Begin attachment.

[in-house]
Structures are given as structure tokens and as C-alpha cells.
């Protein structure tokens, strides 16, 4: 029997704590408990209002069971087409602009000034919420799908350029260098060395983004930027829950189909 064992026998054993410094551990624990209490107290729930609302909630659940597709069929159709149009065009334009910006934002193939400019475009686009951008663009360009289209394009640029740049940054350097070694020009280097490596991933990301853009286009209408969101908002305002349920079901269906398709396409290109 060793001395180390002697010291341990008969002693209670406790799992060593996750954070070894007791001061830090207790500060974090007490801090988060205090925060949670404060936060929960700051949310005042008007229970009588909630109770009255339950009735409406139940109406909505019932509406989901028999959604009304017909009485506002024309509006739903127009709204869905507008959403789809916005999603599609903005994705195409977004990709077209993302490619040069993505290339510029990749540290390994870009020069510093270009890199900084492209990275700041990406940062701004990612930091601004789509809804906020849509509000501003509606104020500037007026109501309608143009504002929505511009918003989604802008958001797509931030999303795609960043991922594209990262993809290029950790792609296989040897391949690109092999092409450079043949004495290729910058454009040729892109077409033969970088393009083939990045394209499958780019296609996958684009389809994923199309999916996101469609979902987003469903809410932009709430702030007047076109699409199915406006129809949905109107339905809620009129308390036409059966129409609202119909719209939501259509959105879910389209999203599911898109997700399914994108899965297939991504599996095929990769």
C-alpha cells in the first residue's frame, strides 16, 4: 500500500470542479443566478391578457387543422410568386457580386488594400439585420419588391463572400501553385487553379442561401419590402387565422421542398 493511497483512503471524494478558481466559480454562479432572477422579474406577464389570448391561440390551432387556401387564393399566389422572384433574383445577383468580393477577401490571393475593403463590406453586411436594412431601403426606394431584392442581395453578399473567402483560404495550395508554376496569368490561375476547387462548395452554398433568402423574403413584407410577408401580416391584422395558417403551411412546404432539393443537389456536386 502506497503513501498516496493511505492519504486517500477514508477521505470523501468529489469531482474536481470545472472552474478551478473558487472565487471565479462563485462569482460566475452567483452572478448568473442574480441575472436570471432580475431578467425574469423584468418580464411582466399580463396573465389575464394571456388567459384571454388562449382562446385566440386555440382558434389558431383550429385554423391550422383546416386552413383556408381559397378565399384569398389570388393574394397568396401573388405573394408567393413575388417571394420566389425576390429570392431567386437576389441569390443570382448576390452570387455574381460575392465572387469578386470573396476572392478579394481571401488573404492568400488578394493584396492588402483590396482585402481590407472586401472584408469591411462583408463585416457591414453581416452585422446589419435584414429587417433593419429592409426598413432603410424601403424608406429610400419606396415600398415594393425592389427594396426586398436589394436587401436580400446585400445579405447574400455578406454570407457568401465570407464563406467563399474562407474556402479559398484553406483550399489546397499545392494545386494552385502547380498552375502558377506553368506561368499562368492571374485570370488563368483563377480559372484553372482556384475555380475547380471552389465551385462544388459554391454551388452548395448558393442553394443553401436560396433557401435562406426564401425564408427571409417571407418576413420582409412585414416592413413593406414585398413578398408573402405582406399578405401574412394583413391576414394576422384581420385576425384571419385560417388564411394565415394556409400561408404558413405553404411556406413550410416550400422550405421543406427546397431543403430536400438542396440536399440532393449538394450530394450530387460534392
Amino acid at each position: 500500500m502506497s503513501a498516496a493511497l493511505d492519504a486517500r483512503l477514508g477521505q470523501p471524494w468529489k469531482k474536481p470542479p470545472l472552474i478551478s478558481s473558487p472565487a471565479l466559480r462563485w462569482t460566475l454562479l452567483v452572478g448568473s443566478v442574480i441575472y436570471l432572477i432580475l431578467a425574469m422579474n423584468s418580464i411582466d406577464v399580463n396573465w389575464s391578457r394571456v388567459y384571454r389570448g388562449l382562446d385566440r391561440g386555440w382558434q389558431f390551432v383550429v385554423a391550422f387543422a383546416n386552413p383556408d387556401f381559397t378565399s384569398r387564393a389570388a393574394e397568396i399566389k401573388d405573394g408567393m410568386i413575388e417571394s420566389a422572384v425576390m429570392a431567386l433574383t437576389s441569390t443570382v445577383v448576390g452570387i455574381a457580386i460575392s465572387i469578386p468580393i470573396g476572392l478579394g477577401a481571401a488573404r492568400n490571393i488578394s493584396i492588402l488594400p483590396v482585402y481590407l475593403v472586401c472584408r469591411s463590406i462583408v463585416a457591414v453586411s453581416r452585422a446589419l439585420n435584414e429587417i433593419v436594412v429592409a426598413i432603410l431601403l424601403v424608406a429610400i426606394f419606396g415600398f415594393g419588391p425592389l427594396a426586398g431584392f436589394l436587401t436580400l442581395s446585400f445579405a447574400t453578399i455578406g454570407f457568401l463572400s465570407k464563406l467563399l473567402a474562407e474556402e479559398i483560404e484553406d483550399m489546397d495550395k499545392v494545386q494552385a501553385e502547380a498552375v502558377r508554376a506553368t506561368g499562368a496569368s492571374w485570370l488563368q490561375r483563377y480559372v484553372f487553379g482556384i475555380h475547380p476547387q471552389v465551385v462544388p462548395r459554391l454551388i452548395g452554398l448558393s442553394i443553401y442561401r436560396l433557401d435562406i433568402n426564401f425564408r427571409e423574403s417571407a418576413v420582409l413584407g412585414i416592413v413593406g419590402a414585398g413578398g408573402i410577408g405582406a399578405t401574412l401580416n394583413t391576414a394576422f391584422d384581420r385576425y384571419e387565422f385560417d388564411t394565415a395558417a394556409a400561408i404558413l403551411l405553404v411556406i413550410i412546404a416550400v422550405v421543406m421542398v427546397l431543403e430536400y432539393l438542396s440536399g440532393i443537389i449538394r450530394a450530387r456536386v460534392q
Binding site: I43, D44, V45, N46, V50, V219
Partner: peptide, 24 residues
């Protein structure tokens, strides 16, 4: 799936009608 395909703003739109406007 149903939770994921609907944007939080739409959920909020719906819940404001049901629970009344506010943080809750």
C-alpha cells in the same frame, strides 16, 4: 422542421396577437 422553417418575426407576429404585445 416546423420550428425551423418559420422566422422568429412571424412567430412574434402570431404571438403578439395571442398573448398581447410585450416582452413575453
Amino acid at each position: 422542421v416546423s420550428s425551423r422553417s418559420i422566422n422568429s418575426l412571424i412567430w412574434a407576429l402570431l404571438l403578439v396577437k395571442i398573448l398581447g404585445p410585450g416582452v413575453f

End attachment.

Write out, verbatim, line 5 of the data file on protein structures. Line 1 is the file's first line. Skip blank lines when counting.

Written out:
Amino acid at each position: 500500500m502506497s503513501a498516496a493511497l493511505d492519504a486517500r483512503l477514508g477521505q470523501p471524494w468529489k469531482k474536481p470542479p470545472l472552474i478551478s478558481s473558487p472565487a471565479l466559480r462563485w462569482t460566475l454562479l452567483v452572478g448568473s443566478v442574480i441575472y436570471l432572477i432580475l431578467a425574469m422579474n423584468s418580464i411582466d406577464v399580463n396573465w389575464s391578457r394571456v388567459y384571454r389570448g388562449l382562446d385566440r391561440g386555440w382558434q389558431f390551432v383550429v385554423a391550422f387543422a383546416n386552413p383556408d387556401f381559397t378565399s384569398r387564393a389570388a393574394e397568396i399566389k401573388d405573394g408567393m410568386i413575388e417571394s420566389a422572384v425576390m429570392a431567386l433574383t437576389s441569390t443570382v445577383v448576390g452570387i455574381a457580386i460575392s465572387i469578386p468580393i470573396g476572392l478579394g477577401a481571401a488573404r492568400n490571393i488578394s493584396i492588402l488594400p483590396v482585402y481590407l475593403v472586401c472584408r469591411s463590406i462583408v463585416a457591414v453586411s453581416r452585422a446589419l439585420n435584414e429587417i433593419v436594412v429592409a426598413i432603410l431601403l424601403v424608406a429610400i426606394f419606396g415600398f415594393g419588391p425592389l427594396a426586398g431584392f436589394l436587401t436580400l442581395s446585400f445579405a447574400t453578399i455578406g454570407f457568401l463572400s465570407k464563406l467563399l473567402a474562407e474556402e479559398i483560404e484553406d483550399m489546397d495550395k499545392v494545386q494552385a501553385e502547380a498552375v502558377r508554376a506553368t506561368g499562368a496569368s492571374w485570370l488563368q490561375r483563377y480559372v484553372f487553379g482556384i475555380h475547380p476547387q471552389v465551385v462544388p462548395r459554391l454551388i452548395g452554398l448558393s442553394i443553401y442561401r436560396l433557401d435562406i433568402n426564401f425564408r427571409e423574403s417571407a418576413v420582409l413584407g412585414i416592413v413593406g419590402a414585398g413578398g408573402i410577408g405582406a399578405t401574412l401580416n394583413t391576414a394576422f391584422d384581420r385576425y384571419e387565422f385560417d388564411t394565415a395558417a394556409a400561408i404558413l403551411l405553404v411556406i413550410i412546404a416550400v422550405v421543406m421542398v427546397l431543403e430536400y432539393l438542396s440536399g440532393i443537389i449538394r450530394a450530387r456536386v460534392q